Violence against women, girls: UN Women launches 16 days of Activism Nov. 25

By Hassan Zaggi

In an effort to end violence against women and girls across the world, UN Women has concluded plans to begin a campaign christened 16 days of activism.

The 16 days campaign will being on Thursday November 25 to December 10.

Speaking at a media briefing on Monday, the Deputy Representative, UN Women Nigeria, Mr. Lansana Wonneh, said that the 16 Days of Activism against violence is celebrated every year to call for the prevention and elimination of violence against women and girls across the world.

“The campaign runs from November 25 to December 10 of every year. It was started by activists at the inaugural Women’s Global Leadership Institute in 1991 and used as an organizing strategy by individuals and organizations around the world to call for the prevention and elimination of violence against women and girls.

“Our purpose of gather here today is for us to strengthen cooperation with media practitioners during the campaign period, review the activities of UN Women and its partners, as well as amplify public awareness on the need for prevention and elimination of violence against women and girls,” he said.

He, however, regretted that “one in three women across the world will experience violence in their lifetime. This means more than 1 billion women and girls face physical or sexual abuse.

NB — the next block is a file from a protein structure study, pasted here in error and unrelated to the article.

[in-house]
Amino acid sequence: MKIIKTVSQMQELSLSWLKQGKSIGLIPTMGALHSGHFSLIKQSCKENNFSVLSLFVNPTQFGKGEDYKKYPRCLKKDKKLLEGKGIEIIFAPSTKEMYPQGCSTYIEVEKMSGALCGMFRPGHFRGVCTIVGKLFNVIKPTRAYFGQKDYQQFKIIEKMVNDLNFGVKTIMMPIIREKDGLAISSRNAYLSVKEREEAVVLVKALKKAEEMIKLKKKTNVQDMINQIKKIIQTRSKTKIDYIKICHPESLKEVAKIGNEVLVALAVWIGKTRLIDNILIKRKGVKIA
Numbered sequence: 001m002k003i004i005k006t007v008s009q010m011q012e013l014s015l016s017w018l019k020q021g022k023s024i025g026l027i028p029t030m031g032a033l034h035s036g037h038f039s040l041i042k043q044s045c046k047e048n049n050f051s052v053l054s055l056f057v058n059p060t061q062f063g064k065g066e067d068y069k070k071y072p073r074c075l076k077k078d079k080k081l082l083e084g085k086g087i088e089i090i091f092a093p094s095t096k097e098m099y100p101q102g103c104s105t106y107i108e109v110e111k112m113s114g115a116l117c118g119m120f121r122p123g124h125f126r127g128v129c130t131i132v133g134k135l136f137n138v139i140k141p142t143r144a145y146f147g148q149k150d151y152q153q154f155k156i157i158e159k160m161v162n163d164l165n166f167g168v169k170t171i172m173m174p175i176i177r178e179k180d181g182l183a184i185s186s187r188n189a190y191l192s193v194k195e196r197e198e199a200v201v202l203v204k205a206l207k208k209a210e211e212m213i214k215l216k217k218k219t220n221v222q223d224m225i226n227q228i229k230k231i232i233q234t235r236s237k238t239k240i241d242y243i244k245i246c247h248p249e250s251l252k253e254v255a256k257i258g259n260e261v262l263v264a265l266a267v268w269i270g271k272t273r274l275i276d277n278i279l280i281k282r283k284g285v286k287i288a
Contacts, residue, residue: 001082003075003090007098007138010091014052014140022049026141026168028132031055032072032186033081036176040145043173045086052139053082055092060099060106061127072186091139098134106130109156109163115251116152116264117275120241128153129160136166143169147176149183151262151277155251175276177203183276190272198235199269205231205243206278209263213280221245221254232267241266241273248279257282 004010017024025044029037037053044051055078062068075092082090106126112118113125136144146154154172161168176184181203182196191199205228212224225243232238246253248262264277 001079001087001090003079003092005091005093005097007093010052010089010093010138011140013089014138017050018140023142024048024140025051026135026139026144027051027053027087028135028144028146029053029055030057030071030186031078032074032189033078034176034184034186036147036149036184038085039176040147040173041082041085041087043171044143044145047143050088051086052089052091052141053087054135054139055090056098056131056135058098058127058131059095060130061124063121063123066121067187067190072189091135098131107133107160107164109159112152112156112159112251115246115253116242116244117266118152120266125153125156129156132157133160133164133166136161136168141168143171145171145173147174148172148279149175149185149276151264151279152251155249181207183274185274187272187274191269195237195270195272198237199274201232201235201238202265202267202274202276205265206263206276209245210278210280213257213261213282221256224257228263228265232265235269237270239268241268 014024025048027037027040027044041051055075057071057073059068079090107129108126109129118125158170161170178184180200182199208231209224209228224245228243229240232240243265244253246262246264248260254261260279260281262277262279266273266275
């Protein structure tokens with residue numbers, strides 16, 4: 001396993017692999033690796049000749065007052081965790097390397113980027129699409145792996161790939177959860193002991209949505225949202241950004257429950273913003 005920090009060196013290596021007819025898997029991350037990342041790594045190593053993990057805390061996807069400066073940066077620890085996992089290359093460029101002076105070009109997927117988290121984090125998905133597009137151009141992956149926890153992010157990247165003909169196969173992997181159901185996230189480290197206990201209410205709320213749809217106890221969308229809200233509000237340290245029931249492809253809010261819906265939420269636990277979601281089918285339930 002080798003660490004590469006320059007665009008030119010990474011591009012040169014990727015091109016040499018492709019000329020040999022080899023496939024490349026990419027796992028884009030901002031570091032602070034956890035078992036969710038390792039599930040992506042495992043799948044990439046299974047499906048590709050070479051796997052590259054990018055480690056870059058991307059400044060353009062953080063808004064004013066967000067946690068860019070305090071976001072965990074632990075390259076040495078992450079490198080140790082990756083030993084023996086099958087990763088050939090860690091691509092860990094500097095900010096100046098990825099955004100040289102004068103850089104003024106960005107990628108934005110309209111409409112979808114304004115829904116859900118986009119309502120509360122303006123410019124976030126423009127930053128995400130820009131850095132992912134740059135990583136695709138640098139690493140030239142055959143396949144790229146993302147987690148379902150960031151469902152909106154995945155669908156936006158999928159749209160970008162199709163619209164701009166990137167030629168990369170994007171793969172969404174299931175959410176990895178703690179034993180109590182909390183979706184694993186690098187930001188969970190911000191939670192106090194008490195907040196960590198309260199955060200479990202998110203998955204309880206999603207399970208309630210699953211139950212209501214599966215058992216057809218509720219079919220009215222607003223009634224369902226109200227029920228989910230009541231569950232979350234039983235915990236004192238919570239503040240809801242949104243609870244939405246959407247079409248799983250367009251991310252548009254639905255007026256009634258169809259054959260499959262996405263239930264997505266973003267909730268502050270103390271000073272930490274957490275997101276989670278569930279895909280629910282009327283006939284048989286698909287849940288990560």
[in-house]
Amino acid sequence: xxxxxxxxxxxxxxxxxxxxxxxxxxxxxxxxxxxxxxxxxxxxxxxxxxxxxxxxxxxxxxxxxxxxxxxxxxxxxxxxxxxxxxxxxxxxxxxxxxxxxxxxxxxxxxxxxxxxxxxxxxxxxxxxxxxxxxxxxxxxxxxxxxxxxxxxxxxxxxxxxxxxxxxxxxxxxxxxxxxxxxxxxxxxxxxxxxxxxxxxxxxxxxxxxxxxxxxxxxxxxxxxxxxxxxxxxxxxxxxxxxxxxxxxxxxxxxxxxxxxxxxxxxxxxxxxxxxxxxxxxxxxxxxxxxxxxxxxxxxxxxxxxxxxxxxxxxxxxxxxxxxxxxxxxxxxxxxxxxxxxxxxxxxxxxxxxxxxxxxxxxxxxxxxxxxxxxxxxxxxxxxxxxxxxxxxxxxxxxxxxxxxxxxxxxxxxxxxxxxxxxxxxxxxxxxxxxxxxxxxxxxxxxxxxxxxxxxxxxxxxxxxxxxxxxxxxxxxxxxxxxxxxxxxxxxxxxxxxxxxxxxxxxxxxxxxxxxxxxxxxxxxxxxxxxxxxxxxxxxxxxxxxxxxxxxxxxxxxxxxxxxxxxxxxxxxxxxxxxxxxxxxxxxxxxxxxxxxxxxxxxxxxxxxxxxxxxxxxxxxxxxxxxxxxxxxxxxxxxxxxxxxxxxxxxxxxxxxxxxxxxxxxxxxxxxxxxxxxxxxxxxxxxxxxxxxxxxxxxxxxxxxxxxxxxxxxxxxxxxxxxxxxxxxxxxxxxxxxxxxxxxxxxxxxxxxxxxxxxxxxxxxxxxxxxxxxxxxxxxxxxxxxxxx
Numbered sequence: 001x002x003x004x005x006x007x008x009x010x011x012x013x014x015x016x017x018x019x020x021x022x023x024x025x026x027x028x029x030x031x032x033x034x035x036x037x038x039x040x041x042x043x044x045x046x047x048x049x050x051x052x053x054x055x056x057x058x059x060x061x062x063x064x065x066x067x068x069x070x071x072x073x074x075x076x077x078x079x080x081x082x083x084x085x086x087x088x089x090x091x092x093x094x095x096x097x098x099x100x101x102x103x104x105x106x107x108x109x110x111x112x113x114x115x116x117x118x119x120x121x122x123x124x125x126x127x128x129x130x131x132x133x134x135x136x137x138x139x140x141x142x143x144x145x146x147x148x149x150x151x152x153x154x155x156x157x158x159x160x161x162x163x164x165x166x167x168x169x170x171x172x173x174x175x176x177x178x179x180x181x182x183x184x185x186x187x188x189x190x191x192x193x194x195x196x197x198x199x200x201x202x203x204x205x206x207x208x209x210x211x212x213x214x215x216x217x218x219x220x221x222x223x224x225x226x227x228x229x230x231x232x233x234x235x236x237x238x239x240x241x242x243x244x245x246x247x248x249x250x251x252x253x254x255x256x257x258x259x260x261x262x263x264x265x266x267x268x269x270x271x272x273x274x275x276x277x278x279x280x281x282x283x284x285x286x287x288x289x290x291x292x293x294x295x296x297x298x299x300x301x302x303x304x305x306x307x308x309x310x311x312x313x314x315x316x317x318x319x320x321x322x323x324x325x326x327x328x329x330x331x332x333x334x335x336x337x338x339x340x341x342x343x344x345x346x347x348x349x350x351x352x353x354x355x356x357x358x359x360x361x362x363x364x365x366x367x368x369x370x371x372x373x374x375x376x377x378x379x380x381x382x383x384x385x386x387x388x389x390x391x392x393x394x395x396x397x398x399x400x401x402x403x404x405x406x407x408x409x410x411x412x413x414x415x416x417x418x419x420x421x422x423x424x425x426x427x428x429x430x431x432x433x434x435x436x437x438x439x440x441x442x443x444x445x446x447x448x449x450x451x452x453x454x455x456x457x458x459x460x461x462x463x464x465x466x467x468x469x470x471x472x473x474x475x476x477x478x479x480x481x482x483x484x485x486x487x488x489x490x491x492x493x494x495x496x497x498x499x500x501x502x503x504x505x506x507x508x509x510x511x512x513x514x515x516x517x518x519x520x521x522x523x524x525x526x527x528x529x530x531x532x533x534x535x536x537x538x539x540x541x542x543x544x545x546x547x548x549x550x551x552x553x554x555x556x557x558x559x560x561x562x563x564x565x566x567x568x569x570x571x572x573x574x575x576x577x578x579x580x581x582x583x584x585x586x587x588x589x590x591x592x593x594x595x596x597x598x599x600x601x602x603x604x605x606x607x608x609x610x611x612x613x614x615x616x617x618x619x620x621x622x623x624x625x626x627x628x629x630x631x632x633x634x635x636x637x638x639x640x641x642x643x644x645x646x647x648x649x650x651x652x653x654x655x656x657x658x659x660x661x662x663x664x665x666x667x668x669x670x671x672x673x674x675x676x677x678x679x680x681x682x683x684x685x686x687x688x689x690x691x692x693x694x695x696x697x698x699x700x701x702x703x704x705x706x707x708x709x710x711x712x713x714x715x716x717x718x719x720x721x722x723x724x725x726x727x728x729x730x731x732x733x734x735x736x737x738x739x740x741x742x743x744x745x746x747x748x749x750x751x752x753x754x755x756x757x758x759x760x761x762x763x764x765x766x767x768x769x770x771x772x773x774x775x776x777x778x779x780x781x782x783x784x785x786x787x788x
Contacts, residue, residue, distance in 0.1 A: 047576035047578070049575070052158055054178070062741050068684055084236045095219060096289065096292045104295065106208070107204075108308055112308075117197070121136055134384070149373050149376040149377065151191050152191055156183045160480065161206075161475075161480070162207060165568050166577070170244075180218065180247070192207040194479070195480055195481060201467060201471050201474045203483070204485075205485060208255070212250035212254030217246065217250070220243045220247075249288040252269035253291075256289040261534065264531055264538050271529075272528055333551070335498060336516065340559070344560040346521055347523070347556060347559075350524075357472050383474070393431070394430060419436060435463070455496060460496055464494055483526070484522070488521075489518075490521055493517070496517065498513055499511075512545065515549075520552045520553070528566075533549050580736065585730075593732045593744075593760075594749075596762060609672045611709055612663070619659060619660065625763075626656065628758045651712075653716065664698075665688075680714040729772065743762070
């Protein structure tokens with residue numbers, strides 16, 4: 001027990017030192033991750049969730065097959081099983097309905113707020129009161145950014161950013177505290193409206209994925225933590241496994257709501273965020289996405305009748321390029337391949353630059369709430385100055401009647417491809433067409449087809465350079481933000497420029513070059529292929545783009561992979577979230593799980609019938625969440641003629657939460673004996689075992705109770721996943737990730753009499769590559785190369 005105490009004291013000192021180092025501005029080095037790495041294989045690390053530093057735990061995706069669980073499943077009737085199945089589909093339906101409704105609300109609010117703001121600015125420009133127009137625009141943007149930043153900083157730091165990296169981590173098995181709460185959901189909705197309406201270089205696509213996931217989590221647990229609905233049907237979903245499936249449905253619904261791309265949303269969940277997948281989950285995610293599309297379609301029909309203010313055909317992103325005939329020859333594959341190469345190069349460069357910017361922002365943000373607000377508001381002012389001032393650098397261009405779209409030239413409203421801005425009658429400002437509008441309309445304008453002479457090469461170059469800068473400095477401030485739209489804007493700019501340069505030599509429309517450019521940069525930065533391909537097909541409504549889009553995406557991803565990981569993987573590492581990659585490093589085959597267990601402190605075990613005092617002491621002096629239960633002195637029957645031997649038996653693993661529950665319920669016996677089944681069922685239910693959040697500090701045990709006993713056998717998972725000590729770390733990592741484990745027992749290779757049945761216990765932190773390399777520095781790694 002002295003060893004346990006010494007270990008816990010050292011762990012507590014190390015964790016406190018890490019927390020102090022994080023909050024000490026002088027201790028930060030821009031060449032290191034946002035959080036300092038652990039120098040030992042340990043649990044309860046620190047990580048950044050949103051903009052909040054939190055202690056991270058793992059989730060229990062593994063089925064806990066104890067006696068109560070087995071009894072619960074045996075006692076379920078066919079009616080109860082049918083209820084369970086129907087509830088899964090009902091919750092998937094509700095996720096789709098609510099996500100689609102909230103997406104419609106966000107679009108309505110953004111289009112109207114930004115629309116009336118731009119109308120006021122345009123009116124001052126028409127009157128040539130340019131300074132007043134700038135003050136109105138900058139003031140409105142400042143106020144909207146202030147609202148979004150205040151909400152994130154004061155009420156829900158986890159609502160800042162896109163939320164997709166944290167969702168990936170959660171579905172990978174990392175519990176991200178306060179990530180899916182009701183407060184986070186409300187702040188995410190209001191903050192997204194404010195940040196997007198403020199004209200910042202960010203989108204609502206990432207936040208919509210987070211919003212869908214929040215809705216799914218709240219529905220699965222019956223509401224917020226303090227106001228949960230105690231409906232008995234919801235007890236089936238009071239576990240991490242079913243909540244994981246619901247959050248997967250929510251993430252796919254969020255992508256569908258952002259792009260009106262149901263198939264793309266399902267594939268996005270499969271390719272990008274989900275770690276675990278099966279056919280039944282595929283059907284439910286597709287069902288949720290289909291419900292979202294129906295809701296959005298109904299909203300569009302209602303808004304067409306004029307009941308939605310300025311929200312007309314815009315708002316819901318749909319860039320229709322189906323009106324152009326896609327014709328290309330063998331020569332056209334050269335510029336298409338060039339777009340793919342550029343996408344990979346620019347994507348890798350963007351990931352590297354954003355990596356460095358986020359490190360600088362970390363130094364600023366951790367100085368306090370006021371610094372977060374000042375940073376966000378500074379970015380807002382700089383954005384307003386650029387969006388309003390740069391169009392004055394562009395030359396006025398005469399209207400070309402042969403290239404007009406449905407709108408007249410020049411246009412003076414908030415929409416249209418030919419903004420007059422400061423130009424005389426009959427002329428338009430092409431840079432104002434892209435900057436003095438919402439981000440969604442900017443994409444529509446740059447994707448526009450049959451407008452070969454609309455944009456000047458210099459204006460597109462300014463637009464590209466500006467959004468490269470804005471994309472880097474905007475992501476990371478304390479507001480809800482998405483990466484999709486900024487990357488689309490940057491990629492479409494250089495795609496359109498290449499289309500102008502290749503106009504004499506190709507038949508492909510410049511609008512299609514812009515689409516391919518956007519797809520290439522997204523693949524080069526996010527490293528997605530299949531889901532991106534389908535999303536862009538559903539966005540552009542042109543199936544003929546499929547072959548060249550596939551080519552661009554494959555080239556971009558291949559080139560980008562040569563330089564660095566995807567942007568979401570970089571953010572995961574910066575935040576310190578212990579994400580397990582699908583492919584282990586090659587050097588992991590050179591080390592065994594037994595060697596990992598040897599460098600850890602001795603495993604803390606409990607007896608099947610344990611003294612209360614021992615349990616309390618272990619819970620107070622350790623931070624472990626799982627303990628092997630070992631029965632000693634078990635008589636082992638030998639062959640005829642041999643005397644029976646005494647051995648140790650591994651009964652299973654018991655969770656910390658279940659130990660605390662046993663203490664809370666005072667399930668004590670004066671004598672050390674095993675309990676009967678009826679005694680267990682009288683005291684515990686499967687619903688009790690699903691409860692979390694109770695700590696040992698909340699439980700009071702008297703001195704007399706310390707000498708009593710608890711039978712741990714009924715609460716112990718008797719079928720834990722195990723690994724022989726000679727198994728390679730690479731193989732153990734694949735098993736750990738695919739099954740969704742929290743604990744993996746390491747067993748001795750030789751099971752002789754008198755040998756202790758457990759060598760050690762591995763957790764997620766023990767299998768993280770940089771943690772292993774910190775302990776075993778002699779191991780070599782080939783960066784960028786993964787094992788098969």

“Physical, sexual-based and emotional violence doesn’t discriminate but affects women of all ages and backgrounds, hence the need to increasing awareness about gender-based violence and crimes,” he stressed.

He, however, applauded the media for their reportage on gender-based violence, insisting that, it would increase awareness, change negative perceptions, and reduce stigma for GBV survivors.

Speaking the Programme Specialist, Spotlight Initiative, UN Women Nigeria, Tosin Akibu, in 2020, Nigeria recorded 11,200 rape cases including children raped to death .

She lamented that the rape cases were under reported due to stigma, victim blaming, poor access to justice for surviors and slow progress from domestication of laws to implementation.

She further revealed that in Nigeria: “Lifetime physical and/or Sexual Intimate Partner Violence  is 17.4 per cent; physical and/or Sexual Intimate Partner Violence in the last 12 months  11 %;  lifetime Non-Partner Sexual Violence, 1.5 %; child marriage 43.5% and Female Genital Mutilation/Cutting, 18.4%.

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